YOU ARE HERE: LAT HomeCollections

2 Metro Rapid Bus Lines to Make Their Debut on Sunday

A 21-mile Van Nuys Boulevard route and a 10-mile Florence Avenue link are added to the system, which is slated for completion in 2008.

June 26, 2003|Karima A. Haynes | Times Staff Writer

Metropolitan Transportation Authority officials climbed aboard a Metro Rapid bus Wednesday to promote two new bus routes that will begin operating Sunday along Van Nuys Boulevard and Florence Avenue.

The new routes -- approved last year -- are the fifth and sixth in the Metro Rapid system, which eventually will have 27 lines. The system, expected to be complete in 2008, will cost $101.8 million.

The distinctive red-and-white Rapid buses are fitted with electronic devices that extend green lights and reduce the length of red lights, saving riders time as they traverse crowded city corridors.

"Metro Rapid has consistently proven its value to our passengers as a quick, reliable and safe means of travel," said MTA Chief Executive Roger Snoble. "We think Metro Rapid makes sense and clearly our customers agree."

The 21.4-mile Van Nuys Metro Rapid line will operate along Van Nuys Boulevard between Foothill and Ventura boulevards, then continue through the Sepulveda Pass, connecting to the Wilshire/Whittier Metro Rapid bus line at Wilshire and Westwood boulevards, officials said.

The 10.3-mile Florence Metro Rapid line will run on Florence Avenue from Garfield Avenue in the city of Bell Gardens to La Brea Avenue in Inglewood.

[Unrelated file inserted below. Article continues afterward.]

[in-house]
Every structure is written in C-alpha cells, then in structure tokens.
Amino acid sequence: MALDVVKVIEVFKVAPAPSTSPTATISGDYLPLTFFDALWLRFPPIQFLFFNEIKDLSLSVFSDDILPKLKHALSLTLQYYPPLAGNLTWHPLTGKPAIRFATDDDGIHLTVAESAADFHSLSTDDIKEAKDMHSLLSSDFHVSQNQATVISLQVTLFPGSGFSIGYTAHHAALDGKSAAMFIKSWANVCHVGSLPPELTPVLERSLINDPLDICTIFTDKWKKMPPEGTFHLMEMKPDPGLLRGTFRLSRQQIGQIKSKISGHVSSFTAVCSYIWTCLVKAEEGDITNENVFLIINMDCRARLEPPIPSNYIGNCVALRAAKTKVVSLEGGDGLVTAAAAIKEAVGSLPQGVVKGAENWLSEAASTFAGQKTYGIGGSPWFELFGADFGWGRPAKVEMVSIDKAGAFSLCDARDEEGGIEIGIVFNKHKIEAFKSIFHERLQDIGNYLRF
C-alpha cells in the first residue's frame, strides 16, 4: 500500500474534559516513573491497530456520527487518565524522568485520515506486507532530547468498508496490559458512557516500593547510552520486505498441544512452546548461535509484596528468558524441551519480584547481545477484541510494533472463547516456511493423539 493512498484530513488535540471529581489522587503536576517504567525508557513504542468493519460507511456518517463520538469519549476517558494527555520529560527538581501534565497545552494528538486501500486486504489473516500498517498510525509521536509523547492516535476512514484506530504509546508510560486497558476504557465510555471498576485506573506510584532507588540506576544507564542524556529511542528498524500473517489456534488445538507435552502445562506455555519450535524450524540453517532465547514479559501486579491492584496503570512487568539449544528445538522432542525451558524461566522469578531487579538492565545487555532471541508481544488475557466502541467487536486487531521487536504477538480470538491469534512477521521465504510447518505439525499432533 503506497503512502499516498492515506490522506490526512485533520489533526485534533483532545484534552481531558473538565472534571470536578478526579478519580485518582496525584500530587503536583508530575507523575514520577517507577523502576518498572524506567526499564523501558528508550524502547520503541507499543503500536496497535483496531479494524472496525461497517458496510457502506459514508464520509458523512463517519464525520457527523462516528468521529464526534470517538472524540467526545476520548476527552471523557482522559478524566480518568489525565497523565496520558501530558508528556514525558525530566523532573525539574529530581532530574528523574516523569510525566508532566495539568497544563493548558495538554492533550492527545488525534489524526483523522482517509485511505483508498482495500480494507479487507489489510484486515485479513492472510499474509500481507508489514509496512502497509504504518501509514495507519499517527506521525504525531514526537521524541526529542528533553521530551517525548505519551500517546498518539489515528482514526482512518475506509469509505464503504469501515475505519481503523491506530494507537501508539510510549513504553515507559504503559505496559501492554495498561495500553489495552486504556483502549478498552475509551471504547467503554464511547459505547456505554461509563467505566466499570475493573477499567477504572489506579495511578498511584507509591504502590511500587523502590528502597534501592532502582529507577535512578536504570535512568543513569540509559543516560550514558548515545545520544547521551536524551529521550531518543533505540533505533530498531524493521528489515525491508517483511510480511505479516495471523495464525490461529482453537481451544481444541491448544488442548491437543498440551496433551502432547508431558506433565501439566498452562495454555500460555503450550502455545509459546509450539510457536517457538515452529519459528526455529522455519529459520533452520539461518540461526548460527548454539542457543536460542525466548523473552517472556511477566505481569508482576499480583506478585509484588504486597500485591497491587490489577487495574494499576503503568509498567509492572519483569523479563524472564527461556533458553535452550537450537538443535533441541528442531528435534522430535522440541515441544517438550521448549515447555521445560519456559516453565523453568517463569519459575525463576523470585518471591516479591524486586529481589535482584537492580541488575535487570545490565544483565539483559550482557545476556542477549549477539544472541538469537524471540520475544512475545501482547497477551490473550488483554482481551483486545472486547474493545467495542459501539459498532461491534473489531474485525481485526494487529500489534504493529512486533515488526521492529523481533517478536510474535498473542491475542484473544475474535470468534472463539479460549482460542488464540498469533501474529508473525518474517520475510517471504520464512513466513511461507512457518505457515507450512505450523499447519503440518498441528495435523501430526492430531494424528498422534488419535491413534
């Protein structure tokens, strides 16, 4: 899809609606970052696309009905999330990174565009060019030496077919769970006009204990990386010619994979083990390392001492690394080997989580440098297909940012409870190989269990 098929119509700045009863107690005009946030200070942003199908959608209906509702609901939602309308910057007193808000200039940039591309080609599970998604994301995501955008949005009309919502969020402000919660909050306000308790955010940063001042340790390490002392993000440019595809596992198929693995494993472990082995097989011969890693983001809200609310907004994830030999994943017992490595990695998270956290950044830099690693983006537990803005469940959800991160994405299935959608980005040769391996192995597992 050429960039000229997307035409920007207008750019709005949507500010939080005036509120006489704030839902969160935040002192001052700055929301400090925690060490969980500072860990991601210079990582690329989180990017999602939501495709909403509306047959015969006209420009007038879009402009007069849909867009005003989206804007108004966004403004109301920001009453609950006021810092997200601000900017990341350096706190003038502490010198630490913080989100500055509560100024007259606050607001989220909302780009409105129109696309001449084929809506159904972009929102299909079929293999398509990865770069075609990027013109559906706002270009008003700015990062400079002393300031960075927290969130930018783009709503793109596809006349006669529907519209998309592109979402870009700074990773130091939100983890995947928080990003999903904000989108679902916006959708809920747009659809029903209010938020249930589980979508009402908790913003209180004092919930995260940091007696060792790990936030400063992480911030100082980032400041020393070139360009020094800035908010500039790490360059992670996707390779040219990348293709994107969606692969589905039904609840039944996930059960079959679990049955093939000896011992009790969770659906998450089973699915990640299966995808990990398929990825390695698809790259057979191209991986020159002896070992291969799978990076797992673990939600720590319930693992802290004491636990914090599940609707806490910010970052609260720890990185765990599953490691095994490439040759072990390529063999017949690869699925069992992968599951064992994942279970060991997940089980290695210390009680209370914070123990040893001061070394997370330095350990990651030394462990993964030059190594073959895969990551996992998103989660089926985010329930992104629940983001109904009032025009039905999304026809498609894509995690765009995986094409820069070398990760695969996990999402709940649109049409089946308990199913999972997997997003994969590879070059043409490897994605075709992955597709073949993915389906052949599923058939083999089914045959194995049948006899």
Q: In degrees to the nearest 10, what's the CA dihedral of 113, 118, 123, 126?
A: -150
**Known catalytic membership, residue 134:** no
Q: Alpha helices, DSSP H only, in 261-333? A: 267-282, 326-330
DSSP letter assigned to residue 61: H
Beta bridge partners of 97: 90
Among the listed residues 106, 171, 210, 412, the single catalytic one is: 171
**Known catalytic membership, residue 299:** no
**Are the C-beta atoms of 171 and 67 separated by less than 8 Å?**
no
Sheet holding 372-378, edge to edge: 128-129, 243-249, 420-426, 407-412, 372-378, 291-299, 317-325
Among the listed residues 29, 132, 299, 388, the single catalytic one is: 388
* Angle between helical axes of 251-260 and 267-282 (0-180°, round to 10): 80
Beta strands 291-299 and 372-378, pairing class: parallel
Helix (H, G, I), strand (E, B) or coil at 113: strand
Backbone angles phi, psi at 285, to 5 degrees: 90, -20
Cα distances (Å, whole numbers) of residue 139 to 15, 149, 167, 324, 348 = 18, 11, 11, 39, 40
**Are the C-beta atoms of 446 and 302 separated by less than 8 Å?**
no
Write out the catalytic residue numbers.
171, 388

To speed their movement along city streets, Metro Rapid buses are fitted with a transponder that triggers data wires embedded in the pavement at regular intervals, officials said. Each time a bus passes over a data wire, information about its location and speed is sent to a controller box at the intersection.

If the bus is within 10 seconds of arriving at an intersection's signal, the controller box sends the data to the Los Angeles Department of Transportation computer in the basement of City Hall. The computer sends a message back to the controller box to lengthen a green light or shorten the red light, officials said. The entire process takes about one second.

"Metro Rapid's marriage of technology and common sense is producing travel times on congested streets in Los Angeles unheard of in bus systems in other major U.S. cities," said Wayne Tanda, general manager of the city's Department of Transportation. His agency developed the signal priority system used by the buses.

However, Bart Reed, executive director of the Transit Coalition, a Sylmar-based consumer group, said Rapid bus lines make it more difficult for public transit users to get around the San Fernando Valley.

"Because of traffic and congestion, it often takes two or three light cycles to get a bus across an intersection, so the advantage is lost because buses can't go through cars," he said.

Reed also said he was concerned that disabled and elderly riders would have difficulty transferring between local and limited buses and Rapid buses because the bus stops are far apart.

"This is not a user-friendly concept," he said.

Even so, total ridership on the Wilshire/Whittier and Ventura Boulevard Rapid lines has increased by nearly 40% since the lines were launched in June 2000, with one-third of the increase coming from riders new to bus service, officials said.

Los Angeles Times Articles